Since 1998, Slovakia has gone from being what Madeleine Albright termed "the black hole of Europe" to the "Tatra Tiger." [The Tatra name comes from the Tatra High Mountains, some of the higher peaks of the Carpathian mountain range] The year 1998 was the turning point in the history of independent Slovakia. By the parliamentary revolution, opposition parties made possible the change in government. This is event is believed as the starting point of color revolutions in post-communist area. After the "OK 98" campaign, a coalition government came to power and democratization started. NATO and EU membership were the focal points of the Slovak government and people and the locomotive of reform, and they engaged in a remarkable sprint (with U.S. and other donor support) that reached both those goals in the spring of 2004.
In the realm of defense, Slovakia faced difficulties not encountered by any of the other former Warsaw Pact states, since it had to set up its military almost from scratch. During the Warsaw Pact era, Czechoslovak armed forces were stationed almost exclusively in the Czech lands. The deployment made sense from the Soviet point of view. The deployment meant no major problems for the Czech armed forces after the breakup of Czechoslovakia. However, the limited military infrastructure in Slovakia caused substantial difficulties for the Slovak armed forces. The viability of Slovak air defense was especially questionable.
The armed forces are among the most respected national institutions according to national opinion polls. The armed forces of the Slovak Republic number about 14,000 uniformed personnel and are made up of Ground Forces, Air Forces (which includes air defense forces), and a Joint Training and Doctrine Command. Slovakia is land-locked, and has no Navy.
The Slovak military is moving from the concept of large armed forces capable of conducting operations in a global conflict between world powers to smaller ones, which are more effective, ready to defend the country, its citizens and its interests, also beyond the boundaries of Slovakia. In the same manner as the reform of the Slovak Armed Forces and Model 2015 are implemented, the military is making changes in the scope of service activities. The Defence Ministry and the Slovak Armed Forces will only address those areas of activity that are, pursuant to current legislation, directly connected to the main tasks of the Armed Forces.
Land forces consist of two mechanized infantry brigades, one with two mechanized battalions (BMP-1), a tank battalion (T-72), and a combined artillery battalion. The other brigade has three mechanized battalions (BMP-2). Each maneuver brigade is or is planned to be task organized with combat support units, such as an artillery battalion, an engineer battalion, a logistics support battalion, and an air defense battery. Other land forces include a separate NBC battalion, engineer battalion, ISTAR company, signal battalion, and command support battalion.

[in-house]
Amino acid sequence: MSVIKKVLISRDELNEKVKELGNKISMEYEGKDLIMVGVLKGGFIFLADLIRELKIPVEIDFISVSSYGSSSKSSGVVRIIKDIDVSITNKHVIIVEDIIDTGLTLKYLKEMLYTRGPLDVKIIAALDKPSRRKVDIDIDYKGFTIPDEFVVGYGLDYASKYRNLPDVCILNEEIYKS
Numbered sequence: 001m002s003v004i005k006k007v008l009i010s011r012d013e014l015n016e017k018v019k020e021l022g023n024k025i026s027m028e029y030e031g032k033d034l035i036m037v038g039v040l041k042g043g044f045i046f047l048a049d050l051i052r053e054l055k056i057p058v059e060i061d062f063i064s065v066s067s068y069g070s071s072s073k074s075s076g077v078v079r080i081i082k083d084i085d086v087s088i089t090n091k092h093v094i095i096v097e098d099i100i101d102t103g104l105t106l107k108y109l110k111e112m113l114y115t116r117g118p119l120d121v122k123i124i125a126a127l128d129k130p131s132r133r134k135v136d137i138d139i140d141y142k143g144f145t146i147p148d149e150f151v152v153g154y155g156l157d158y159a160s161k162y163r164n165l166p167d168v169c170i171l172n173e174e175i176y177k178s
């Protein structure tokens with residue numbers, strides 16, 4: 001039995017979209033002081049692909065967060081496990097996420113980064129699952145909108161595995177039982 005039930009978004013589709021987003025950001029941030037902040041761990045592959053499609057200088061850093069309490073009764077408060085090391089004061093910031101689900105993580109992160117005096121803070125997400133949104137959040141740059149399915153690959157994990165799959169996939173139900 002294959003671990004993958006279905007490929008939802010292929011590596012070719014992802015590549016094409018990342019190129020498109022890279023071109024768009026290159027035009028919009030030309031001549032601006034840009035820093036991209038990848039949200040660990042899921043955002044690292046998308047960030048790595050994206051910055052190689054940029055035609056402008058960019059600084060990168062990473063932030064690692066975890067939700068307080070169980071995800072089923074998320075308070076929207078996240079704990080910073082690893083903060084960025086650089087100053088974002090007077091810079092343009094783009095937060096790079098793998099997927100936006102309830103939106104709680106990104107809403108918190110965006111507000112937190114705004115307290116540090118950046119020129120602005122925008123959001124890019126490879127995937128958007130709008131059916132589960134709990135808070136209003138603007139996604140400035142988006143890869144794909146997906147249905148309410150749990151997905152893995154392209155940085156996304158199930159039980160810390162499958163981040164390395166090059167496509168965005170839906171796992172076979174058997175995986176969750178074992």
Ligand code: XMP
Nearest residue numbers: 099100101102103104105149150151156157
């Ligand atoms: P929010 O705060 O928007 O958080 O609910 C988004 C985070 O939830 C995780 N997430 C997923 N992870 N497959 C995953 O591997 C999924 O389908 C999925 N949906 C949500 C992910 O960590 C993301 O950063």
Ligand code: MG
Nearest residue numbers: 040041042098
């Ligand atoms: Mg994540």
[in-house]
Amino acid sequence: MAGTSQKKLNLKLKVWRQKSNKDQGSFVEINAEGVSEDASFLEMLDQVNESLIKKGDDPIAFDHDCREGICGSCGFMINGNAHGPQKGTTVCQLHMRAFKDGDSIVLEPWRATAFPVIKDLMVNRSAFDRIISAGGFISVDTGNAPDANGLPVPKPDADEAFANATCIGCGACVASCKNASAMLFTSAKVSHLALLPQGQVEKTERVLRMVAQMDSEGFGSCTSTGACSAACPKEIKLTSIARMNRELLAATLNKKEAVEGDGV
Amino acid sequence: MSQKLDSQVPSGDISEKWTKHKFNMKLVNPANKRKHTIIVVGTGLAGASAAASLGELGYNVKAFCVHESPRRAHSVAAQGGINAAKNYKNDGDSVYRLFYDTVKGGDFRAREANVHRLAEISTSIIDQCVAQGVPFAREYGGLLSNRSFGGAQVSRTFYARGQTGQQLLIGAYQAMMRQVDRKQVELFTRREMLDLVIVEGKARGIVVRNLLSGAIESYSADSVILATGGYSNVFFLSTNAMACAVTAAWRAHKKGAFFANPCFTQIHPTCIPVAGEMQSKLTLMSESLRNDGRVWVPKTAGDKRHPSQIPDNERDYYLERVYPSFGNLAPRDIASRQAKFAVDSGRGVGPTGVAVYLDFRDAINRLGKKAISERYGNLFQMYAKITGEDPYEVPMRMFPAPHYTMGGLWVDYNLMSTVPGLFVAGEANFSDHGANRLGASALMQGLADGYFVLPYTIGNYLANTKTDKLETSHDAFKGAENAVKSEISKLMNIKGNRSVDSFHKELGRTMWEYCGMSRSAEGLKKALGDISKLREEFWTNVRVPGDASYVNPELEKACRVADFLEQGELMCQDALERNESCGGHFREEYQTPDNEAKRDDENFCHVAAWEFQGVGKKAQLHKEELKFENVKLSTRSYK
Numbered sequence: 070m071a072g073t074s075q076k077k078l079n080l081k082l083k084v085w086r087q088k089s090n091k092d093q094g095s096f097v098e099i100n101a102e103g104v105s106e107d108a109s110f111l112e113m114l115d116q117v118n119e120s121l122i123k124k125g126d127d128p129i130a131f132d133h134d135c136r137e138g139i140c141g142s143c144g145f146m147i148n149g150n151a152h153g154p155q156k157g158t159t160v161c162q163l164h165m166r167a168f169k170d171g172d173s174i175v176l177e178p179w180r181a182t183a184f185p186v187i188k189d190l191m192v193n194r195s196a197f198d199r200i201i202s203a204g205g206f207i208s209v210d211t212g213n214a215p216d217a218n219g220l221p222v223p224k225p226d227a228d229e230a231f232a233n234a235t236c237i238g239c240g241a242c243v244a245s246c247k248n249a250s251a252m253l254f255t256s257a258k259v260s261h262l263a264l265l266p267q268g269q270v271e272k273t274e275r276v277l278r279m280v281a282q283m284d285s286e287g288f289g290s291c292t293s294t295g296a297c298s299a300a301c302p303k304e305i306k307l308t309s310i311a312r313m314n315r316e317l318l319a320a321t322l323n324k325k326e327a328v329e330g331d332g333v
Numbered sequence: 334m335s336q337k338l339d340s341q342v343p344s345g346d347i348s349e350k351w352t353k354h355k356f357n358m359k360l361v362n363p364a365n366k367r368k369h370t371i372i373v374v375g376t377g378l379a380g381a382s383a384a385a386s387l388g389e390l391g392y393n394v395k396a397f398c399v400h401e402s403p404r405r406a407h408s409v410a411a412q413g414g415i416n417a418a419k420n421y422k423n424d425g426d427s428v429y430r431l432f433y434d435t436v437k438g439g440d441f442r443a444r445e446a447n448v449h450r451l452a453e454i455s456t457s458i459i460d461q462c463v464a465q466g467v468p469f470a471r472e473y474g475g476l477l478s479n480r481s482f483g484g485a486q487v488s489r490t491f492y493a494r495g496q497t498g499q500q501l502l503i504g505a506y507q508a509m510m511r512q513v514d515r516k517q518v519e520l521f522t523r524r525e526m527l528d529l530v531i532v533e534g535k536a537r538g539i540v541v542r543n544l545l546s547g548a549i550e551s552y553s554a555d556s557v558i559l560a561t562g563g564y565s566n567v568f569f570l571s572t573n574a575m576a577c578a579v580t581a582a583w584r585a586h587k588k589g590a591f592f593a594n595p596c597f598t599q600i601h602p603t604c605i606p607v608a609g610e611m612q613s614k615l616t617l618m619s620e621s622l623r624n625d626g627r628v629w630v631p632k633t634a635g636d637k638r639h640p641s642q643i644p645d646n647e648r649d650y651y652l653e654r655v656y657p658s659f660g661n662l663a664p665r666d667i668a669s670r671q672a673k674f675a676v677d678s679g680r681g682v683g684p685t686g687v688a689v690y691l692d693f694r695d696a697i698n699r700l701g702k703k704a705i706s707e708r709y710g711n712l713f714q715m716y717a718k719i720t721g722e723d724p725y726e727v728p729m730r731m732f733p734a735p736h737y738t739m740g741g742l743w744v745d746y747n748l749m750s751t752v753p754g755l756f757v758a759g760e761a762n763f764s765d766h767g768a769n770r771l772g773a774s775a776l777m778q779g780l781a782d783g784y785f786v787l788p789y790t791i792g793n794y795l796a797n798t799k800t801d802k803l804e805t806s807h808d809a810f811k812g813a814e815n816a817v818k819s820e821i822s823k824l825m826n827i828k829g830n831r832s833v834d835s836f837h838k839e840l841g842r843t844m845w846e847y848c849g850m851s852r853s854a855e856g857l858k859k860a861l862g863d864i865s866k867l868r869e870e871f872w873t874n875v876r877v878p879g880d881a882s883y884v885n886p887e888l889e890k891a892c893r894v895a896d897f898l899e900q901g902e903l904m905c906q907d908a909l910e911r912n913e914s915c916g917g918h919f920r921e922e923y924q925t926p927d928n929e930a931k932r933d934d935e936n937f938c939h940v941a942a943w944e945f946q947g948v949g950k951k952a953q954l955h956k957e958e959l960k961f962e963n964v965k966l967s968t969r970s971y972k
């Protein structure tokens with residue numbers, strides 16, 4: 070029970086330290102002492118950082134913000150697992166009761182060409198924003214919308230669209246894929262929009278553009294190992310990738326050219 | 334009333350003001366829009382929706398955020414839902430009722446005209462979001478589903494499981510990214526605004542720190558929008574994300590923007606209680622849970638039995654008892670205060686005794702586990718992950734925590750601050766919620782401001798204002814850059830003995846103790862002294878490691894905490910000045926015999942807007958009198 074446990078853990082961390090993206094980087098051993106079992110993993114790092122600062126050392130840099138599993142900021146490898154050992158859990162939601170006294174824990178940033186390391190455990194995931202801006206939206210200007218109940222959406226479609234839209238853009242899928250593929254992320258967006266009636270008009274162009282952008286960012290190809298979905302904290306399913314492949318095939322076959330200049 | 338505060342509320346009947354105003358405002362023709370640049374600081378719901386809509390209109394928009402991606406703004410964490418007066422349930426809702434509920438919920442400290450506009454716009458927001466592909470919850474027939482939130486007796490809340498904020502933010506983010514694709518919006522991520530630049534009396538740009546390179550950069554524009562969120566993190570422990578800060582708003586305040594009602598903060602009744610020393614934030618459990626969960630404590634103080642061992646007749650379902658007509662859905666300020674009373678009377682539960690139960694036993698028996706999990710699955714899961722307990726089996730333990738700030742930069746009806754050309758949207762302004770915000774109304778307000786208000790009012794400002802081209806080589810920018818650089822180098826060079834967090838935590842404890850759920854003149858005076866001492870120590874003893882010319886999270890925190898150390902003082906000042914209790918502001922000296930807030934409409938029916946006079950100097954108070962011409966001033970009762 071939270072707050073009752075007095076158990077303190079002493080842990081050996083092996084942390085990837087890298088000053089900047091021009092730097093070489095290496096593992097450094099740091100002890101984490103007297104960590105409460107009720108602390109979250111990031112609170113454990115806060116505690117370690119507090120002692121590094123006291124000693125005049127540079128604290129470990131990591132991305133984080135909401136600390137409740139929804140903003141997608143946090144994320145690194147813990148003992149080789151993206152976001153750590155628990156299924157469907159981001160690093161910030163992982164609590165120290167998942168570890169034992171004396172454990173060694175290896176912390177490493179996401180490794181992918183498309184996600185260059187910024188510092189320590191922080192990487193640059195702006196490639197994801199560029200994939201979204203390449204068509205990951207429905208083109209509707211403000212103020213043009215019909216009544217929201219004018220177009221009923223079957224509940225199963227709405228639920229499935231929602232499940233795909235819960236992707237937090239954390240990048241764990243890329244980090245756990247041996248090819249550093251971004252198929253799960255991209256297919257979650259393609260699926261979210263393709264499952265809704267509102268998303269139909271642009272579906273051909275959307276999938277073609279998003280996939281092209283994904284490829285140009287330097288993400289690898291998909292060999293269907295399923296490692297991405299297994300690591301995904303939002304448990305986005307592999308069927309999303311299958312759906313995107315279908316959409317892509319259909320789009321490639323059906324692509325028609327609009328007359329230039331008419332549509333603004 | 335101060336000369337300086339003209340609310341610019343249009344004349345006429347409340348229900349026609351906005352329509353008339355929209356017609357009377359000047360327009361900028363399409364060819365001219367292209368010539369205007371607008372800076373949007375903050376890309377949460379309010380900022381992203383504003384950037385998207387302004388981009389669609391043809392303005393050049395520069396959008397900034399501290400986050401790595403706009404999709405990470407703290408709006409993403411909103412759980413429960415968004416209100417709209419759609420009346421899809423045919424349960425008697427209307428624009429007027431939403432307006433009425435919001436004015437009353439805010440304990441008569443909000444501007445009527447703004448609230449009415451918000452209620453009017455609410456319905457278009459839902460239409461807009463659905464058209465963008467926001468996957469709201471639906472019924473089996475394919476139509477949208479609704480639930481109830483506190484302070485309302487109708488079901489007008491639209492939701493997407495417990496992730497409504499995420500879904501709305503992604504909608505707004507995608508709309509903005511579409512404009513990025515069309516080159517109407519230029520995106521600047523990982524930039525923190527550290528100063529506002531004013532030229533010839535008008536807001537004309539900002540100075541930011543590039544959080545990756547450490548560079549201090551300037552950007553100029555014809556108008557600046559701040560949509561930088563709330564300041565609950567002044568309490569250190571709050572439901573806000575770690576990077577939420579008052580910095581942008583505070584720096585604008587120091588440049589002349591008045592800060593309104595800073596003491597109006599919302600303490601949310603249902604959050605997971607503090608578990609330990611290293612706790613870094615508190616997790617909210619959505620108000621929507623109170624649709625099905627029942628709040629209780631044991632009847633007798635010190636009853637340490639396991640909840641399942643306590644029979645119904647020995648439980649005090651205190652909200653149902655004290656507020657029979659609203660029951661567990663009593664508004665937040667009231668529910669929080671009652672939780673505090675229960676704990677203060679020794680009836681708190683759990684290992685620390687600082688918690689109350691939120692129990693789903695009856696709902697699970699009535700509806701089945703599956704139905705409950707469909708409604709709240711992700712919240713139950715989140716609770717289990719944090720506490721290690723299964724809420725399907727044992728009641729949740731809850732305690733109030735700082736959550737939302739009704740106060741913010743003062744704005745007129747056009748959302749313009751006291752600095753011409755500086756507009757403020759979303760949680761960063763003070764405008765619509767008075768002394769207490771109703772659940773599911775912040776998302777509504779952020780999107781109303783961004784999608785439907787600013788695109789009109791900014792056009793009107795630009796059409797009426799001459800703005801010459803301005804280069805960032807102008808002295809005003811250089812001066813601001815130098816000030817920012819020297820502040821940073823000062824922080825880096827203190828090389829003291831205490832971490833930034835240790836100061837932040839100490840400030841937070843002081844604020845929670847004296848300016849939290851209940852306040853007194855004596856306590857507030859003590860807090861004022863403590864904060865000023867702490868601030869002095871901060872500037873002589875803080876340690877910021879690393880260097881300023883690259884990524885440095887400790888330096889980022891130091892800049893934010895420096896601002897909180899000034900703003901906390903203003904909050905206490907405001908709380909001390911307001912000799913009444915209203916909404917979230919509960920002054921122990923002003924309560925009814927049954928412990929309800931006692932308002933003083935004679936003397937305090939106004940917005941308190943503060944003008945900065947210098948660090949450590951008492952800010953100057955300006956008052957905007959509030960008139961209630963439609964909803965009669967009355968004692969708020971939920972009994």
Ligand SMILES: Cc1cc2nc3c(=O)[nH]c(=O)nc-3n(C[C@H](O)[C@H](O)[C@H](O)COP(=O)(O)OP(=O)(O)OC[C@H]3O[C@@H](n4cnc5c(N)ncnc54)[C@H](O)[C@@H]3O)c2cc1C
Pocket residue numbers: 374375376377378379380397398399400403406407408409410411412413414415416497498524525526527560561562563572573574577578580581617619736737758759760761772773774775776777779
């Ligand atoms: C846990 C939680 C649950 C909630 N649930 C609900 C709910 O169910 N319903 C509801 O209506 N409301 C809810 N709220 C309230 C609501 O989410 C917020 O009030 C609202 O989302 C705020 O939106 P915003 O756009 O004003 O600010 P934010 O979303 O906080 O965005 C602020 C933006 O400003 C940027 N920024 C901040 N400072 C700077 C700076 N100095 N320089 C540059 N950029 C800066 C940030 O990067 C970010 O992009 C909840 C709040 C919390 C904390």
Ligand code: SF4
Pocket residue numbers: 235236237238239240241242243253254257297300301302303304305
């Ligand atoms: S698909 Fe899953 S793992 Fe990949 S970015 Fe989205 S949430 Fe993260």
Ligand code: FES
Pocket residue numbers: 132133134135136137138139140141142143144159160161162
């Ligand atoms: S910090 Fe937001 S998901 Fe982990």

Air and Air Defense Forces are comprised of a fighter wing of MiG-29s, a wing of Mi-24 attack and Mi-17 utility helicopters, and a SAM brigade. Military police are under the command of the Ministry of Defense and a special operations regiment falls under the Land Forces Command.
The Slovak Republic, from the political and security perspective, constitutes an integral part of the North Atlantic space. Individually or with the allies and international organisations, it will protect and defend the security and human rights, sovereignty, freedom, democracy, and law and order.
By joining NATO, the Slovak Republic became part of collective defence but also a joint guarantor of allies' security. Being admitted as a member of the EU, it obtained further guarantees of political and economic stability and the possibility of active participation in the formation and implementation of the European security and defence policy. The defence and enforcement of Slovak Republic's security interests continues to be implemented in a broader geopolitical context.
Thanks largely to its feasible defence budget, the MoD has extended its offer of units to be earmarked for NATO and EU crisis management operations from three to eight, while reassuring that its previously declared commitments will be honored. As of January 1, 2008 the Slovak Armed Forces had available a mechanized battalion group, a chemical, biological and radiological protection battalion, a transfer control team, an Mi 17 helicopter flight, a military police platoon, and an EOD team. In 2009 they added a transport company and, after 2010, a rapidly deployable preventive medicine team. These units will be deployed within NATO’s NRF and EU battle groups in compliance with the requirements, and their deployment will be subject to a prior national decision. By the end of 2010, Slovakia’s commitment is to prepare a mechanized brigade with complete combat support and combat service support, plus two units at company level.
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